Tuesday, 6 March 2012

My parents

My parents visited for the weekend. My father is 79 years old and drove the 180 miles to see us. He is very active, despite still suffering from injuries sustained as a child in the second world war. He is a writer and has embraced computers in recent years, which is particularly impressive given he does not use them intuitively but writes detailed notes for every procedure.

My mother is 72 and not as active as she used to be. Since we last saw her, she has taken to pushing a shopping trolley everywhere for support due to arthritis in her knees. She doses herself with pills and cider vinegar that are supposed to help, and gives herself electric shocks with a thumb operated device.

My mother has always been a talker, but tells her stories to so many relatives she has often repeated herself. It has struck me how my father doesn't really seem to notice this. For years they have had the habit of telling me the same stories time and again, as if for the first time, even on consecutive days when we are staying with them.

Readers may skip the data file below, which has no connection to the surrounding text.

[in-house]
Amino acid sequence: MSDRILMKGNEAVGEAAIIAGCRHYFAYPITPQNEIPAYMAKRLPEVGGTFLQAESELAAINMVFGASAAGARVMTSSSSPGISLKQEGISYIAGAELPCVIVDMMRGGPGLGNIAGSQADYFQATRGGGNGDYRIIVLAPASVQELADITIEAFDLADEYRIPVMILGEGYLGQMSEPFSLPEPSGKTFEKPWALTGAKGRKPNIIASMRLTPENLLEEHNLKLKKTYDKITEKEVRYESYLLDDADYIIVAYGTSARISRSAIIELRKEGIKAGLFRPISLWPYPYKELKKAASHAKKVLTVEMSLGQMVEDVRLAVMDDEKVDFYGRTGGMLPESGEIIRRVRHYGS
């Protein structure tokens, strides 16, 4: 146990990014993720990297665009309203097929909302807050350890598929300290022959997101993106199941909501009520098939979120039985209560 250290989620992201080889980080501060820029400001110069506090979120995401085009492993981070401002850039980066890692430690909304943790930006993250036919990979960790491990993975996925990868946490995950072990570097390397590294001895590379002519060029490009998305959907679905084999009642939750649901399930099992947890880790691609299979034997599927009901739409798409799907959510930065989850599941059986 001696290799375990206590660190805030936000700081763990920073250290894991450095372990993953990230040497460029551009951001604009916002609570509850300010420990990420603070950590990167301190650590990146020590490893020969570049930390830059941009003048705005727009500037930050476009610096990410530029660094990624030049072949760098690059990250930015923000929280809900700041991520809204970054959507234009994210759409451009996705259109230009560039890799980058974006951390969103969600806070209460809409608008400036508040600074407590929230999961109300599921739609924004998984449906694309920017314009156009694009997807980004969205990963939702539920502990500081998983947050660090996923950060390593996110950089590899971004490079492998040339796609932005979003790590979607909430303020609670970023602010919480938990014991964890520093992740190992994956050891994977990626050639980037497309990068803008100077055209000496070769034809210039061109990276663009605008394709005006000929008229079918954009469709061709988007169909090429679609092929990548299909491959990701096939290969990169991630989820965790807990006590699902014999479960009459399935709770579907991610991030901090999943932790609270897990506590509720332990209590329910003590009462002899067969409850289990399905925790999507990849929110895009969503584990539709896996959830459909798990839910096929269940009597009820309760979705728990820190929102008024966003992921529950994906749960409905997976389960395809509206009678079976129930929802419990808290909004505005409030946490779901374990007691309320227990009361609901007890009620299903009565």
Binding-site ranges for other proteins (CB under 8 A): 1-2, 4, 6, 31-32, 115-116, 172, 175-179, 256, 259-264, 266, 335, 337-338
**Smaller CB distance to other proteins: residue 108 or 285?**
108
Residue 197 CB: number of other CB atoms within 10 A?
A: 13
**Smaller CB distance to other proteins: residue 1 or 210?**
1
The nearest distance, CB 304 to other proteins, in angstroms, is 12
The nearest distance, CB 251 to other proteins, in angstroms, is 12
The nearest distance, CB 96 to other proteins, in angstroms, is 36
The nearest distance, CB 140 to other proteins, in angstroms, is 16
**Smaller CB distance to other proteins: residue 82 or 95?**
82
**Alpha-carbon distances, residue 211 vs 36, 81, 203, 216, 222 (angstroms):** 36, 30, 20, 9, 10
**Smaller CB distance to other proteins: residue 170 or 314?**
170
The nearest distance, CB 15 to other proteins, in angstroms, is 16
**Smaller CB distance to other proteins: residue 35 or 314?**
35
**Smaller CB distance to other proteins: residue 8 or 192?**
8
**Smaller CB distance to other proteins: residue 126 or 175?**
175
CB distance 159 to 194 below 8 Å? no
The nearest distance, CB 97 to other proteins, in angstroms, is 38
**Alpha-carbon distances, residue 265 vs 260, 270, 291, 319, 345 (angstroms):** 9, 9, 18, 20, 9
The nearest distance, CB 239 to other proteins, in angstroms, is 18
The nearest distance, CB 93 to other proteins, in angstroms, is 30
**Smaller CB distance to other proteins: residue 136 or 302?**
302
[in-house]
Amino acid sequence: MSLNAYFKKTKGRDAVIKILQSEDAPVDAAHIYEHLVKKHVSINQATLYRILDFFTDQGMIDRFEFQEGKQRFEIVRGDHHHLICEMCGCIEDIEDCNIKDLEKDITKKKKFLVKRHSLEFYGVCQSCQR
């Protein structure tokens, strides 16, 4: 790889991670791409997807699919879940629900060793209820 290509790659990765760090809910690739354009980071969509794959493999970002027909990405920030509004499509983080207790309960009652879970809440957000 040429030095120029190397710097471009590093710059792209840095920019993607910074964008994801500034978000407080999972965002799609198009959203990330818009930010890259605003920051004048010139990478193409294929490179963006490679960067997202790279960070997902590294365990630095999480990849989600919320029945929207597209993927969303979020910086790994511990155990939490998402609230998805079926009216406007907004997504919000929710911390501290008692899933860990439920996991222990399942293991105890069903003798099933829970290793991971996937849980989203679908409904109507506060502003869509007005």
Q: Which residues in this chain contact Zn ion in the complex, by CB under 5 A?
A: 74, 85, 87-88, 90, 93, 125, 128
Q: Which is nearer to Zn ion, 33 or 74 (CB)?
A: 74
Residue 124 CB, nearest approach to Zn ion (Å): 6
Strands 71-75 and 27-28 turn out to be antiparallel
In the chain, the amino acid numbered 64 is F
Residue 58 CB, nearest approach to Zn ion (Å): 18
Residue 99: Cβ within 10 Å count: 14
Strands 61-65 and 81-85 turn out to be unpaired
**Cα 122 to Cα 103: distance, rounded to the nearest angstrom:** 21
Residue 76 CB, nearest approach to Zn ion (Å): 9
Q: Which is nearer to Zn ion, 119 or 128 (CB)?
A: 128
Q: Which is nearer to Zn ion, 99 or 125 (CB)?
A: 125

My mother's memory was noticeably worse this time. She asked perhaps twenty times if we had visited our friends in Seaton since we had arrived back in the country and if they were coming to see us.

While she is forgetting things, she also has false memories. She was convinced she had been with me in my car when someone crashed into the back of it two years ago. In retelling the story, she has placed herself at the scene.

Her spatial memory is being affected. She won't travel into town on her own anymore to visit the shops because she is worried she won't find her way home.

But she remembers more active times without rancour, reminding us as she pushes her trolley of our long walks on family holidays.

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